Monday, May 14, 2018

Opinion: How the U.S. Supreme Court embraces religion

THE NEW YORK TIMES
By Linda Greenhouse
The Supreme Court of the United States. Credit Gabriella Demczuk for The New York Times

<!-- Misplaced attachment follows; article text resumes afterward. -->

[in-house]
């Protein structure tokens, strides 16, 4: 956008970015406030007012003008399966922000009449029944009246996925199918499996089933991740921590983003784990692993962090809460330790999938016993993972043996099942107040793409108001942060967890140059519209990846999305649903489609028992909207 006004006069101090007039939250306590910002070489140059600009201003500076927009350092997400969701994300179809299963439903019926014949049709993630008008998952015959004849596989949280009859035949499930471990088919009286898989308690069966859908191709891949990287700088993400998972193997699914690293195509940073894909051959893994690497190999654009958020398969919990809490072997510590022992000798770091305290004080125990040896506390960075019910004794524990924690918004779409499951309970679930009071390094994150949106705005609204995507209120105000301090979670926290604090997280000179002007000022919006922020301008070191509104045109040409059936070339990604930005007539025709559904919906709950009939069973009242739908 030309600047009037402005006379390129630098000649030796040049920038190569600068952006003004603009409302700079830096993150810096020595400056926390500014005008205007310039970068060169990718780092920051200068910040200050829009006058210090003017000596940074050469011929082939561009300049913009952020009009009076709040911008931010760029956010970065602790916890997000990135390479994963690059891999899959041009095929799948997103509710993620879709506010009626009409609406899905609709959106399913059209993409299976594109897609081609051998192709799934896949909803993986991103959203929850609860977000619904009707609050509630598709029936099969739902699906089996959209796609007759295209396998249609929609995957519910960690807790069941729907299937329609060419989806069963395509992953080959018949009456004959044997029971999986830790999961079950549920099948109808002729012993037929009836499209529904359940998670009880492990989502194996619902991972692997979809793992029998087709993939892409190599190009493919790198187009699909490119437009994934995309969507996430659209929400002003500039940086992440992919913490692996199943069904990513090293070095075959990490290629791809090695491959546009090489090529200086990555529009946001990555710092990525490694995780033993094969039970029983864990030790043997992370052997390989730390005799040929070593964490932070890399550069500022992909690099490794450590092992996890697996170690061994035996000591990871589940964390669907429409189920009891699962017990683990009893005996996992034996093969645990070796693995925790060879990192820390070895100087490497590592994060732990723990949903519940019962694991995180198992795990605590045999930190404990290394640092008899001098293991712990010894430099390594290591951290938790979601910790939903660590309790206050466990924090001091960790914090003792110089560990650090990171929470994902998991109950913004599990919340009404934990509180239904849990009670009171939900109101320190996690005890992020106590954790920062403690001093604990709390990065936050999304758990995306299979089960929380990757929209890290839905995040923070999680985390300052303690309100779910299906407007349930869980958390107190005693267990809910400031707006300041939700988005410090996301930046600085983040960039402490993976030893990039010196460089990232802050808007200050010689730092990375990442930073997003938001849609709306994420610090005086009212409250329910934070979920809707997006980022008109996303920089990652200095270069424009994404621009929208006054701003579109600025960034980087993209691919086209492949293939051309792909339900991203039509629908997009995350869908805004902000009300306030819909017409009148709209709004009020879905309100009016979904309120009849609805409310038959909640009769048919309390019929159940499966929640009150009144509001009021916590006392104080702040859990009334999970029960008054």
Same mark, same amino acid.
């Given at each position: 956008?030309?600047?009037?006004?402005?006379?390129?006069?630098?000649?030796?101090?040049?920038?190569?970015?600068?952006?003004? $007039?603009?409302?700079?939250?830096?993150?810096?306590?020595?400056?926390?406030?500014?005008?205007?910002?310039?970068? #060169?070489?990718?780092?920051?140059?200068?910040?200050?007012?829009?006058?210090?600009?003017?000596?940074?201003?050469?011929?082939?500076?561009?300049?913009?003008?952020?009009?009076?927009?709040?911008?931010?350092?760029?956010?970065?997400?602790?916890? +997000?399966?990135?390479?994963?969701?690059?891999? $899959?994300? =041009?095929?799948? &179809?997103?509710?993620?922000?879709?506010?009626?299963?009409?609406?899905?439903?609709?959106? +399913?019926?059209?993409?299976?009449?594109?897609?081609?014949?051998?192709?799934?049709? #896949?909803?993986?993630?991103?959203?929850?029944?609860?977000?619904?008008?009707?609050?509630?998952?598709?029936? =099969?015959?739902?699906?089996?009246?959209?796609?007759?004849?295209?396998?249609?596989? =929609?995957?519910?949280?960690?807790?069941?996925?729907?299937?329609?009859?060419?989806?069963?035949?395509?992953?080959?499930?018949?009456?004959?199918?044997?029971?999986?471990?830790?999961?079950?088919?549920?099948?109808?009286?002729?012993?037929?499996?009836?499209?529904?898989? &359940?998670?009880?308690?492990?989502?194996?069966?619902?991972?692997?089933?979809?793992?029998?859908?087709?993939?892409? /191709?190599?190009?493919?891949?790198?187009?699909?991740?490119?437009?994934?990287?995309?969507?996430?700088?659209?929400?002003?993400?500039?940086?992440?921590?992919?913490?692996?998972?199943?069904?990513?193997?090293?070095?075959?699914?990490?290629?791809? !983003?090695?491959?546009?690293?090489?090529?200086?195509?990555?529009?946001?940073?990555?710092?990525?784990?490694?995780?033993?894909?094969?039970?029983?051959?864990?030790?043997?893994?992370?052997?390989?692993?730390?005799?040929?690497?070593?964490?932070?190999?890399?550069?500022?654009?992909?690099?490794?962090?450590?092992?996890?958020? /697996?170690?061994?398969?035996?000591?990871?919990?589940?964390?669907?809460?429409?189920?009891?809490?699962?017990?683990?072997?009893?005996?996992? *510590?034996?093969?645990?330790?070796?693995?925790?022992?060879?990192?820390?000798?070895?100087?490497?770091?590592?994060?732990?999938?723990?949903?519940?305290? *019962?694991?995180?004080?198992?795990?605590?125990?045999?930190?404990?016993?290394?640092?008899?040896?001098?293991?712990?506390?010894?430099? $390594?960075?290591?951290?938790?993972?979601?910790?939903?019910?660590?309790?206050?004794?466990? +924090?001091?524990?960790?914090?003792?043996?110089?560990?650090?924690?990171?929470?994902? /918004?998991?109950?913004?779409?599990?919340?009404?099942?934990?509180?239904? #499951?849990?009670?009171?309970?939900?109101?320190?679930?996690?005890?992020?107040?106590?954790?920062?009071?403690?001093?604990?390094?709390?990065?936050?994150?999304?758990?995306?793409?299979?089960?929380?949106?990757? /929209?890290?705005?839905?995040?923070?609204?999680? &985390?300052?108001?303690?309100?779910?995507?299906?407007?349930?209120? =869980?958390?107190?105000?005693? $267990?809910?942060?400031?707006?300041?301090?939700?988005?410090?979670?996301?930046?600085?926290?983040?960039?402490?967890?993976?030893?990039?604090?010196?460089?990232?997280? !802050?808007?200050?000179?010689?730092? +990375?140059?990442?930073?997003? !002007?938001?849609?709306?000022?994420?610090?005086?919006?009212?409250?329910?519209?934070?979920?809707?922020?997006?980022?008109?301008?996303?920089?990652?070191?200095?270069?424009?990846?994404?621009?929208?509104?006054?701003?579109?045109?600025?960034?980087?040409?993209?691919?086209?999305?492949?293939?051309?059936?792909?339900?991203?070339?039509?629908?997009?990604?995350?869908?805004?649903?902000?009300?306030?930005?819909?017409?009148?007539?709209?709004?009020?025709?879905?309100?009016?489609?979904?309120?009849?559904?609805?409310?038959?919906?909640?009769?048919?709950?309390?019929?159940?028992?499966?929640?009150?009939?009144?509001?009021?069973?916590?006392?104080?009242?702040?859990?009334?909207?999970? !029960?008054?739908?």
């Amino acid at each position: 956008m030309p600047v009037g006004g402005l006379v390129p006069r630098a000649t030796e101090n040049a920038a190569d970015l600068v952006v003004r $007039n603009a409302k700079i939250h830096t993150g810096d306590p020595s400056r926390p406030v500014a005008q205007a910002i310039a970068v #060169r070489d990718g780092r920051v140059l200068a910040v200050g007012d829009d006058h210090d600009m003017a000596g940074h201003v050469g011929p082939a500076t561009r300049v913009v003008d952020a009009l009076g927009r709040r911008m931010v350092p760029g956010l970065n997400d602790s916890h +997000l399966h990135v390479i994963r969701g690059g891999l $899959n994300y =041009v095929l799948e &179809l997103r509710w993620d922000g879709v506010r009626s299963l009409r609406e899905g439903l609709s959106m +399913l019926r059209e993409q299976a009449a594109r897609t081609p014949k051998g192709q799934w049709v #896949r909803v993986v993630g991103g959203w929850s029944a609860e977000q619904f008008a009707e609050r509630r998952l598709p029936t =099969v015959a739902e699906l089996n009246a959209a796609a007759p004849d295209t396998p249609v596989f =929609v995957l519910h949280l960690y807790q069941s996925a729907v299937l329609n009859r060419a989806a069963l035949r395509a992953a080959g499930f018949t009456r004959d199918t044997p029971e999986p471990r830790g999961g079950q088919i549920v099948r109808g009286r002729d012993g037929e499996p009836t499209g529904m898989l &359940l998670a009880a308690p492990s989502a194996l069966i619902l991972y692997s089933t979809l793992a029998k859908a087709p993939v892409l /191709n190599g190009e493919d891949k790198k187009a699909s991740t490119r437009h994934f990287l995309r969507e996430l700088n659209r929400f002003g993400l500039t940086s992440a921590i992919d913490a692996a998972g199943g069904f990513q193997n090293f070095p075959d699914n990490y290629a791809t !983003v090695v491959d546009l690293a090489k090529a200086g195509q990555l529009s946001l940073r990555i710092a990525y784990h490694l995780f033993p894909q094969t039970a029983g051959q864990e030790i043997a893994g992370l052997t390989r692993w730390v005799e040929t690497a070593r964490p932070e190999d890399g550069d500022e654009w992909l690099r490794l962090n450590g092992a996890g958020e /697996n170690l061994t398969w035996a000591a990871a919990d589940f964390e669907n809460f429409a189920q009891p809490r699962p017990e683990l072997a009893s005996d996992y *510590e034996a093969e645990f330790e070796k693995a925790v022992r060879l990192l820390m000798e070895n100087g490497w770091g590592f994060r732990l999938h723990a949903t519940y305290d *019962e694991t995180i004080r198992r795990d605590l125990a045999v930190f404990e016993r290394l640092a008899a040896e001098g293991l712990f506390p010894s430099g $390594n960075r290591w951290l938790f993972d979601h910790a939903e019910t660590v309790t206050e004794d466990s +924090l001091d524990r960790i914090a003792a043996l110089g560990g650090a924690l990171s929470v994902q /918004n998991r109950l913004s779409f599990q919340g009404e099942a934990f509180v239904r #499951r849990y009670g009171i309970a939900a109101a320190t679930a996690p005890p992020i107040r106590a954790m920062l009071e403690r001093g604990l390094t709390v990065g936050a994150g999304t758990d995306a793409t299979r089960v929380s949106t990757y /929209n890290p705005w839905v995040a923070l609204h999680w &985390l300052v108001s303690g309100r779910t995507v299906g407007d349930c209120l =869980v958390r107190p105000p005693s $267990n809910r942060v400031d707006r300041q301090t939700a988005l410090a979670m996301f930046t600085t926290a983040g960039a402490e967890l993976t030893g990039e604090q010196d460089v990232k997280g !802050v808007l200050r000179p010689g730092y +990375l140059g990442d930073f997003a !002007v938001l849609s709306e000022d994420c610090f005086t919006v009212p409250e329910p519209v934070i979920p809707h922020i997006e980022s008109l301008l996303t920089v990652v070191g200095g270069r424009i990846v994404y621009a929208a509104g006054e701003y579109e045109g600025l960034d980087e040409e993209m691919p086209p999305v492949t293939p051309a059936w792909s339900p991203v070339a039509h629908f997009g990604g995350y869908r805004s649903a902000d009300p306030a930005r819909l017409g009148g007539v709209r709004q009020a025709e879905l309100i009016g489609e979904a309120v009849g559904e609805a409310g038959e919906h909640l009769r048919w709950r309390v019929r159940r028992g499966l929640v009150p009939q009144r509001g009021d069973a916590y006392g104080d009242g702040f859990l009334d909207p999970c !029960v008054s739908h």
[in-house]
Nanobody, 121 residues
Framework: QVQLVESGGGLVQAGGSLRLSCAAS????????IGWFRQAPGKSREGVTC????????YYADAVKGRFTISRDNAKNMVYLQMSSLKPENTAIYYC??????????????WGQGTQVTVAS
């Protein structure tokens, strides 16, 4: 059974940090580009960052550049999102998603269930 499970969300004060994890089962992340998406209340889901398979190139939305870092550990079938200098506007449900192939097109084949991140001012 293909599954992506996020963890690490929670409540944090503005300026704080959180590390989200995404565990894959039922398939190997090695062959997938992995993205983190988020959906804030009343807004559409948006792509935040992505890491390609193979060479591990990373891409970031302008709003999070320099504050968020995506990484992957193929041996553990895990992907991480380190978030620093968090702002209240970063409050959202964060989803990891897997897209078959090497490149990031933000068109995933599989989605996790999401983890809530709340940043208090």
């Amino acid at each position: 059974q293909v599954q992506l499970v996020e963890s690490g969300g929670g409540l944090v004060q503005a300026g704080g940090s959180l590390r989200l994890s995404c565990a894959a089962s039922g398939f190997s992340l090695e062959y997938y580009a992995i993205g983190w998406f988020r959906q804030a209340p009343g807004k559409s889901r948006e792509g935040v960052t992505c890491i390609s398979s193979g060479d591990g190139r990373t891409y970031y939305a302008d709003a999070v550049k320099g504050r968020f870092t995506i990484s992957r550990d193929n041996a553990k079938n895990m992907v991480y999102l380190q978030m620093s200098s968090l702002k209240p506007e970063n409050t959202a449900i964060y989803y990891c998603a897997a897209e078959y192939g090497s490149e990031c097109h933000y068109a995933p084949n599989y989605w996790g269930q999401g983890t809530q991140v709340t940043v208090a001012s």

Before the next two months are out, the Supreme Court will decide two high-visibility cases that at first glance appear to have little to do with each other. One is the Masterpiece Cakeshop case, about the baker who won’t design a cake for celebrating a same-sex marriage, and the other is Trump v. Hawaii, the challenge to the president’s latest travel ban. One is as domestic as it gets, while the other is infused with issues of foreign policy and presidential power. What they have in common is the claim of religious discrimination at the heart of each. Classically, the Supreme Court invoked the religion clauses of the First Amendment — the protection for free exercise and the prohibition against government “establishment” of religion — on behalf of minority religions. But in recent years, the court’s concern has flipped. [More]